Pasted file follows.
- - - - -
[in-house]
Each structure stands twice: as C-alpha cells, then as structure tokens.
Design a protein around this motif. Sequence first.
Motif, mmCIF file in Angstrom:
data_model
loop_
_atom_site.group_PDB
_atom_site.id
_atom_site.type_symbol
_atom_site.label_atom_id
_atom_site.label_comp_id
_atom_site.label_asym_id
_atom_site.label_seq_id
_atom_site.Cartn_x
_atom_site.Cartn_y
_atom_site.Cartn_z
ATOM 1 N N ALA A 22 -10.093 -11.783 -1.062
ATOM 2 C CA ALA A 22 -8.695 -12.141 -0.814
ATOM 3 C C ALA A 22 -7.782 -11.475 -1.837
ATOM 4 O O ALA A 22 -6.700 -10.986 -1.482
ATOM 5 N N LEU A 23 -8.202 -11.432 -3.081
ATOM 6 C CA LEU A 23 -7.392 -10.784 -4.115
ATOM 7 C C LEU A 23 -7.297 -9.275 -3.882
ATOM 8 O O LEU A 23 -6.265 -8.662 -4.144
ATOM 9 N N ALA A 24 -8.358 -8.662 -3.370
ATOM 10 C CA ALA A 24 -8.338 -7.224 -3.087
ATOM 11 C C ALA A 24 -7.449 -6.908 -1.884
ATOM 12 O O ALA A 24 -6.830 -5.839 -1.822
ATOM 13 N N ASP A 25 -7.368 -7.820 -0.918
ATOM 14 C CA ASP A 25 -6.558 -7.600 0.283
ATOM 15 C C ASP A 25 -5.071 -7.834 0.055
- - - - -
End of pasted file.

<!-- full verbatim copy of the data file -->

[in-house]
Each structure stands twice: as C-alpha cells, then as structure tokens.
Design a protein around this motif. Sequence first.
Motif, mmCIF file in Angstrom:
data_model
loop_
_atom_site.group_PDB
_atom_site.id
_atom_site.type_symbol
_atom_site.label_atom_id
_atom_site.label_comp_id
_atom_site.label_asym_id
_atom_site.label_seq_id
_atom_site.Cartn_x
_atom_site.Cartn_y
_atom_site.Cartn_z
ATOM 1 N N ALA A 22 -10.093 -11.783 -1.062
ATOM 2 C CA ALA A 22 -8.695 -12.141 -0.814
ATOM 3 C C ALA A 22 -7.782 -11.475 -1.837
ATOM 4 O O ALA A 22 -6.700 -10.986 -1.482
ATOM 5 N N LEU A 23 -8.202 -11.432 -3.081
ATOM 6 C CA LEU A 23 -7.392 -10.784 -4.115
ATOM 7 C C LEU A 23 -7.297 -9.275 -3.882
ATOM 8 O O LEU A 23 -6.265 -8.662 -4.144
ATOM 9 N N ALA A 24 -8.358 -8.662 -3.370
ATOM 10 C CA ALA A 24 -8.338 -7.224 -3.087
ATOM 11 C C ALA A 24 -7.449 -6.908 -1.884
ATOM 12 O O ALA A 24 -6.830 -5.839 -1.822
ATOM 13 N N ASP A 25 -7.368 -7.820 -0.918
ATOM 14 C CA ASP A 25 -6.558 -7.600 0.283
ATOM 15 C C ASP A 25 -5.071 -7.834 0.055